She compares herself to her sister, who is a surgeon. Her sister doesn’t ask the opinion of nobodies; she does what she has to do to save the patient’s life.

Greene points out to Cami that her sister is a highly trained professional who spent years learning her profession, whereas Cami’s five weeks of training in TFA is hardly equivalent. Furthermore, her sister operates with the consent of the patient and the patient’s family, and was not given consent to cut up the patient by Chris Christie.

The bottom line, Greene sees, is this:

“Democracy is stupid.

“Look, say the Reformistas. We are just better than you are. We are wiser, smarter, and just plain righter than the rest of you. So you should stop getting in our way. All of you lesser humans should stop insisting that you’re entitled to some sort of voice– you aren’t. Shut up, sit down, and let the superior humans take care of these difficult matters.”

Greene is not sure where Cami is, other than noting she is at Arizona State University/GSV. A few days ago, I wrote about the education “gold rush.” Cami is speaking to 2,000 entrepreneurs, hedge fund managers, and investors who are looking to make profits in education with the Next Big Thing. They paid $1,000-2,000 each to meet at the Phoenician Resort in Scottsdale. The meeting was co-sponsored by Global Silicon Valley, which leads the way in monetizing and privatizing education.

A few years ago, I was alerted to the phenomenal success of an entrepreneur-lawyer in Pennsylvania named Vahan Gureghian.

With a bit of googling, I learned that he had opened a charter school in Chester County, Pennsylvania, that enrolled 2,600 students, half the district’s children. Consequently, the district was plunged into bankruptcy, unable to make its payroll, and Governor Corbett appointed an emergency manager for the district who is a devotee of vouchers.

I also learned on google that Gureghian is one of the biggest donors to Republican candidates and committees in Pennsylvania, was Governor Corbett’s largest single donor, and was named to Governor Corbett’s education transition team. As of 2012, he had given some $800,000 to candidates and political groups.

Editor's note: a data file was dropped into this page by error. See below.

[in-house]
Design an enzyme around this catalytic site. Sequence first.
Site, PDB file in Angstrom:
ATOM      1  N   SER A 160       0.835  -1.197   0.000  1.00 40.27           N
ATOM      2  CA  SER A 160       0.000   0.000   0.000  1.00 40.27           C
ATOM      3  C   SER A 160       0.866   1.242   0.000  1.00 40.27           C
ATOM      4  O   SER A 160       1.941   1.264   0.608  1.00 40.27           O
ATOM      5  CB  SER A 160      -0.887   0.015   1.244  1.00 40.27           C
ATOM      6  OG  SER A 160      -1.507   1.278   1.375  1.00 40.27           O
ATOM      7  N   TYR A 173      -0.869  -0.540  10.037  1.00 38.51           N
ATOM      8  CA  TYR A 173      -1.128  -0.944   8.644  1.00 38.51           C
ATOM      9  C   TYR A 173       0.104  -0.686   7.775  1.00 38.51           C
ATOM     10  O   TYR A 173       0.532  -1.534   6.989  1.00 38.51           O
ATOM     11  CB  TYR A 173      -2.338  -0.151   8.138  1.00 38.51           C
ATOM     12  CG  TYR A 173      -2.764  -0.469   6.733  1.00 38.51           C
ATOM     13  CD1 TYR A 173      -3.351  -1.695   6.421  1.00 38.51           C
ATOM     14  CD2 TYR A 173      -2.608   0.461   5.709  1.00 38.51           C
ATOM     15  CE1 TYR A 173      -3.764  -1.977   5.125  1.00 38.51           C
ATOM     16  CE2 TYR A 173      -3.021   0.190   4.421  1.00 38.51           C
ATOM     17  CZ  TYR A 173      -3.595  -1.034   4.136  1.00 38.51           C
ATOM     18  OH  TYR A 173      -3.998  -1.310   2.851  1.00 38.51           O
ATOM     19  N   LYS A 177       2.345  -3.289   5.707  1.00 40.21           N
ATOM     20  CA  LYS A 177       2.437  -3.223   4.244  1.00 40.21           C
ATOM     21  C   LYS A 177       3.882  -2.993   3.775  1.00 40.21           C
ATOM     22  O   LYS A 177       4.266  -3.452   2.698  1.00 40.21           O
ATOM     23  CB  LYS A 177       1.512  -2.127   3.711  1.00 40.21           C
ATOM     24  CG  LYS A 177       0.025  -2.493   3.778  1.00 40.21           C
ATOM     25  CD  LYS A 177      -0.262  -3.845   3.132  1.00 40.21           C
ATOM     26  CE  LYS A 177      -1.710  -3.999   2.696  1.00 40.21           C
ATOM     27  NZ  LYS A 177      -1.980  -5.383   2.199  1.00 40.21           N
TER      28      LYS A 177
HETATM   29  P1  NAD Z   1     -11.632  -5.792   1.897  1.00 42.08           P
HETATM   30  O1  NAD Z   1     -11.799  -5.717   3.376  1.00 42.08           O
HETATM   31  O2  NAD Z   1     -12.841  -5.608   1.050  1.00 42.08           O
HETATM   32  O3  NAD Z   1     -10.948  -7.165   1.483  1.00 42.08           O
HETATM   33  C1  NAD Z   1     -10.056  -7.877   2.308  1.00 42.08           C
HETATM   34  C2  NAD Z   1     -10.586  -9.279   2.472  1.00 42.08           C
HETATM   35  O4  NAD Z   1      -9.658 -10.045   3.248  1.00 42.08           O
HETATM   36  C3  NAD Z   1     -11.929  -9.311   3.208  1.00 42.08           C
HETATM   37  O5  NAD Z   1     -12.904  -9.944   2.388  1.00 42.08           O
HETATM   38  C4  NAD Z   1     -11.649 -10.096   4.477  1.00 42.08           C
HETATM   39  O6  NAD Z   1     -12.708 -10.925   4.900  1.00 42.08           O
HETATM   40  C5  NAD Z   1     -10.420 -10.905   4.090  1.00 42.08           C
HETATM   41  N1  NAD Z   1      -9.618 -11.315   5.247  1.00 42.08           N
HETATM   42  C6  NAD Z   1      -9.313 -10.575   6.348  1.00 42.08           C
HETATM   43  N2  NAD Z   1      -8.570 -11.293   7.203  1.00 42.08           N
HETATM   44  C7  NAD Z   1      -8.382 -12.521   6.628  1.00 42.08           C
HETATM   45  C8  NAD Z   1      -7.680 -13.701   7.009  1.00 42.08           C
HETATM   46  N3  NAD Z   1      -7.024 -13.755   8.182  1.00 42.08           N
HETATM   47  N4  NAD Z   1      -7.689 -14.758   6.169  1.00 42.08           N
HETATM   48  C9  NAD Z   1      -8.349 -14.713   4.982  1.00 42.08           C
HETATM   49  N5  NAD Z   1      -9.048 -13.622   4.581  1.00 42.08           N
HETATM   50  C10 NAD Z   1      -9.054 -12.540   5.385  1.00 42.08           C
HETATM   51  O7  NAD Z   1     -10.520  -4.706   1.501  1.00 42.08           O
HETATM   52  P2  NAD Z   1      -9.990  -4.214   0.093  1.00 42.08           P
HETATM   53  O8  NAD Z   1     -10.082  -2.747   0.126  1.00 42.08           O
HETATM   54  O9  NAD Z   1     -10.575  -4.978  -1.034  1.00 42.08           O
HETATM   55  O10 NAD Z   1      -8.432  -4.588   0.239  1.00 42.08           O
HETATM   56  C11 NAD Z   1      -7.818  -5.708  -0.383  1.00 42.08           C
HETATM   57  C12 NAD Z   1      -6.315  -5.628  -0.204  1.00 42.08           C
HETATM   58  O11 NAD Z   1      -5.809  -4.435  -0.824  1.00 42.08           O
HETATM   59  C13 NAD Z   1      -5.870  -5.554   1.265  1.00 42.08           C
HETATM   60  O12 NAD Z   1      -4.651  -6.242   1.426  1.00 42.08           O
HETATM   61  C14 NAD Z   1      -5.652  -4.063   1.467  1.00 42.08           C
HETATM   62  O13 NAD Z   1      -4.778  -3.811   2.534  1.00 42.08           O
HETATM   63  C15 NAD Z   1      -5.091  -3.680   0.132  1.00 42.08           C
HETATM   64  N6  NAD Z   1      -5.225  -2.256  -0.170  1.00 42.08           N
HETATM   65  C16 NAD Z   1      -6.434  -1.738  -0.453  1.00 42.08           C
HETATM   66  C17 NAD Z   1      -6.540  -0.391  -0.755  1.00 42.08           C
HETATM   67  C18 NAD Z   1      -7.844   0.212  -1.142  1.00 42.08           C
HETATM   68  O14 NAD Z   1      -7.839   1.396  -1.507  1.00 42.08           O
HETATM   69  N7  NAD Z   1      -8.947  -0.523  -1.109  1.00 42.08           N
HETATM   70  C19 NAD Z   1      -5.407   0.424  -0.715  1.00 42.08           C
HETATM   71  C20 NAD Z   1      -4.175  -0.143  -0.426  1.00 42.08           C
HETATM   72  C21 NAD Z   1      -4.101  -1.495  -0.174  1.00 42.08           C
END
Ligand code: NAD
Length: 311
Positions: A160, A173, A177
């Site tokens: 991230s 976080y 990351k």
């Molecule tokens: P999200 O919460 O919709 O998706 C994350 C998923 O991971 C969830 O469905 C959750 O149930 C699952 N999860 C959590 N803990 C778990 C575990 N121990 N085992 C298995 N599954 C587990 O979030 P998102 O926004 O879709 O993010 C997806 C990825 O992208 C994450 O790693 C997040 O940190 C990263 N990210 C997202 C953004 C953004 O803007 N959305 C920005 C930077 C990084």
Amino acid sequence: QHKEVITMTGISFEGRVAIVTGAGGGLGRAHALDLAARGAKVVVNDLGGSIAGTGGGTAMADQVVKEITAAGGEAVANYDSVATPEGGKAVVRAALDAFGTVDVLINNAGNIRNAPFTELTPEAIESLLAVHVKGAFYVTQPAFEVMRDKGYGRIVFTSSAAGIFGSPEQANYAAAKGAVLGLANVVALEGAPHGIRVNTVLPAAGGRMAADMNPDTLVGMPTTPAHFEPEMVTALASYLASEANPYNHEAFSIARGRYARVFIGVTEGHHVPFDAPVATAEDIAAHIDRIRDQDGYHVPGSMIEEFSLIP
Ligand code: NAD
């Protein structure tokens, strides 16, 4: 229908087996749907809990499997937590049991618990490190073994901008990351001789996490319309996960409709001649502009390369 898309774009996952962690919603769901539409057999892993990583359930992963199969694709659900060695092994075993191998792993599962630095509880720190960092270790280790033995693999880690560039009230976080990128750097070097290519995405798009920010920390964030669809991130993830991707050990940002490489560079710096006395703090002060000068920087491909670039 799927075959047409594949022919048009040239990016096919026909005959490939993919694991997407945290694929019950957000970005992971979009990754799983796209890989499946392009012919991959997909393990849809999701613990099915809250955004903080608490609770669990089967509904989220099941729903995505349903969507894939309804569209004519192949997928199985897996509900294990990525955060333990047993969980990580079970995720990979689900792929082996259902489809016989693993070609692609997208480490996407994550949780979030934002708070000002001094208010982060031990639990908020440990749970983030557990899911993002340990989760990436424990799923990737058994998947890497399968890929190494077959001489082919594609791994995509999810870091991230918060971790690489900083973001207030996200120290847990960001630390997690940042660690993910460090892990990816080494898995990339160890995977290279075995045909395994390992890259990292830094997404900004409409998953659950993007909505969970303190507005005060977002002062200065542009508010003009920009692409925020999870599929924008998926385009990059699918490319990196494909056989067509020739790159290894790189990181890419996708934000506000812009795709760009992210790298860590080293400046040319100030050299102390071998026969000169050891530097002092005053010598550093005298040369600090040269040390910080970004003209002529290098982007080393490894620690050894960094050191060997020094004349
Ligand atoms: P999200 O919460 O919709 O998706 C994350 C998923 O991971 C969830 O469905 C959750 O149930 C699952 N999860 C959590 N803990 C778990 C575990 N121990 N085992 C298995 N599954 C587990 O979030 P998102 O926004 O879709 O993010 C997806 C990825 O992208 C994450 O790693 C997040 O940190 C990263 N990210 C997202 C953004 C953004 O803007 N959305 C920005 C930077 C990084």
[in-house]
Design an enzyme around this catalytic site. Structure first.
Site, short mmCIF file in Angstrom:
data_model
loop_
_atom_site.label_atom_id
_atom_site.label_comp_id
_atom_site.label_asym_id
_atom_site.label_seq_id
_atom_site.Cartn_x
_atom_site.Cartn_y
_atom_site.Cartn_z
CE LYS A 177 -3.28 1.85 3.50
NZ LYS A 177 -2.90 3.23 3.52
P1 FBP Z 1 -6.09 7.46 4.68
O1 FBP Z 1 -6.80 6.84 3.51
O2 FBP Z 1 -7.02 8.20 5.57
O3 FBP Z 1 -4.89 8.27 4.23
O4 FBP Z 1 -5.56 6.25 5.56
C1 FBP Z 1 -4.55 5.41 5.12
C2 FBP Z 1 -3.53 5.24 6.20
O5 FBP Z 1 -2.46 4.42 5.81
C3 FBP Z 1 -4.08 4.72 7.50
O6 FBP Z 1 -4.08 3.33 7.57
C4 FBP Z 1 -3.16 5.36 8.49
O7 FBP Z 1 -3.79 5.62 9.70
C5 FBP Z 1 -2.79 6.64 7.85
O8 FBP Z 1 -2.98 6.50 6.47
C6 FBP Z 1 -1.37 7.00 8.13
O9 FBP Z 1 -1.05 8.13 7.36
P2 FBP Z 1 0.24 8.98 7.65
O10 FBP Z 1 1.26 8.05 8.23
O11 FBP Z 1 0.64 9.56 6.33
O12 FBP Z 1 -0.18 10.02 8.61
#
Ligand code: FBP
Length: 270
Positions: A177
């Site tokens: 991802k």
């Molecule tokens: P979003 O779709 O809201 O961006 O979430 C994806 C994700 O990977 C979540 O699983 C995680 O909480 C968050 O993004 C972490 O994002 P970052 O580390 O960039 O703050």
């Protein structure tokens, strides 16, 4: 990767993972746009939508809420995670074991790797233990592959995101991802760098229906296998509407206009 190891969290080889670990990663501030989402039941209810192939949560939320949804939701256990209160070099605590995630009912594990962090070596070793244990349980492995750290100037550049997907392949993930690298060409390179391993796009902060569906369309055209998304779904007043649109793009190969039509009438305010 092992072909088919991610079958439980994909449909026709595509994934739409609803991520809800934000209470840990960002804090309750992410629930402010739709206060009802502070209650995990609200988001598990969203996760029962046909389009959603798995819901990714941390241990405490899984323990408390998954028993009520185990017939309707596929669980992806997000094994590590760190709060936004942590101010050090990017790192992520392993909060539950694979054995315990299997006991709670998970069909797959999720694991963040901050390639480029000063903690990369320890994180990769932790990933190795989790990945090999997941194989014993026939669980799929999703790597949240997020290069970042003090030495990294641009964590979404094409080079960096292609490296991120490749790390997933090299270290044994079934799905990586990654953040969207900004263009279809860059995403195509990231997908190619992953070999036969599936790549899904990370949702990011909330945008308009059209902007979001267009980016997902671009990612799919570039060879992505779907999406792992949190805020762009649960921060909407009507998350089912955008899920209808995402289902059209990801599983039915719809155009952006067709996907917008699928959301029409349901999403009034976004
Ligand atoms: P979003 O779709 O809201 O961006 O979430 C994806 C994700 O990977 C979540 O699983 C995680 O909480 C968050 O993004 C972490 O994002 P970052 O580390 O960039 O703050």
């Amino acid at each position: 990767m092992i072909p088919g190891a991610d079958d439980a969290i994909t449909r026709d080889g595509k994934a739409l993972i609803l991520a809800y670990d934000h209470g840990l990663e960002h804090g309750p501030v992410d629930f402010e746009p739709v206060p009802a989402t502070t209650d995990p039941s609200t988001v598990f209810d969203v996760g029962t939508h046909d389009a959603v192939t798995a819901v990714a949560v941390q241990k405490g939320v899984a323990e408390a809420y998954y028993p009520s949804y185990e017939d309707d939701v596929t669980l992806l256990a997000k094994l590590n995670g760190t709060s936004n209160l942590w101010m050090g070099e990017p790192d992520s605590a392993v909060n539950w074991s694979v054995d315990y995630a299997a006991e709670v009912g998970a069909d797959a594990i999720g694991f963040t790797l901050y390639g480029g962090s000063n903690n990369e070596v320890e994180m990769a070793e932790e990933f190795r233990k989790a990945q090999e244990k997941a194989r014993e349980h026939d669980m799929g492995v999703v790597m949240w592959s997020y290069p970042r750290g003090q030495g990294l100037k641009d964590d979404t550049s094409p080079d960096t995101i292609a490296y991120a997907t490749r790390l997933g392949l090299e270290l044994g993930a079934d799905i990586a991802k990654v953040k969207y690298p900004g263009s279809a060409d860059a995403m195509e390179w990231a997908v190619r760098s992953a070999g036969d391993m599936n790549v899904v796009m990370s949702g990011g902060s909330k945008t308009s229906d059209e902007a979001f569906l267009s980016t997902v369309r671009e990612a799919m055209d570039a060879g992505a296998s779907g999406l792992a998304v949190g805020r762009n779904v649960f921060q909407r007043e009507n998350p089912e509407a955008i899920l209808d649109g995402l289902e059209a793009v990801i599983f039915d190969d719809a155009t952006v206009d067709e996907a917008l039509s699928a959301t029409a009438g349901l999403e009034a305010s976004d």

Meanwhile, Gureghian’s empire continued to expand and to produce excellent returns for him.

Here is a quote from a website (linked above) describing Pennsylvania’s biggest campaign donors, which shows what success looks like:

In 2007, Gureghian built a 30,000-square-foot, French chateau-style mansion in Gladwyne that received attention in a number of publications, including Mother Jones. The house had 10 bedrooms, 11 bathrooms, a two-lane bowling alley, wine room, media room, 200-capacity great hall, several bars and a moat, according to Mother Jones.

Last year, he paid $28.9 million for oceanfront property in Palm Beach, on which he has proposed building a 20,000-square-foot mansion, the Palm Beach Daily News reported.

In 2009, 18-year-old Kenny Forder of New Jersey posted photos of the Gladwyne mansion on his Homes of the Rich website. Gureghian’s lawyer responded with a cease and desist letter, stating that teenager had violated Gureghian’s privacy, demanding that the photos be removed and threatening a lawsuit.

The letter is posted on the Homes of the Rich website. The photos were removed.

Now, mind you, Gureghian doesn’t claim to be an educator. He runs a business that supplies all the goods and services to his charter schools. That is a very good business.

He recently expanded his charter franchise into Camden, New Jersey, where he can expect to do very well indeed. Jersey Jazzman wrote a blistering critique of Gureghian’s management company, not exactly welcoming its presence in New Jersey.

You know, you really must give these edu-entrepreneurs credit. They see opportunities where others see only educational problems. The really ingenious discovery of charter chain managers is that they can squeeze the fat out of public school operations (like expensive teachers and pensions) and make a handsome profit.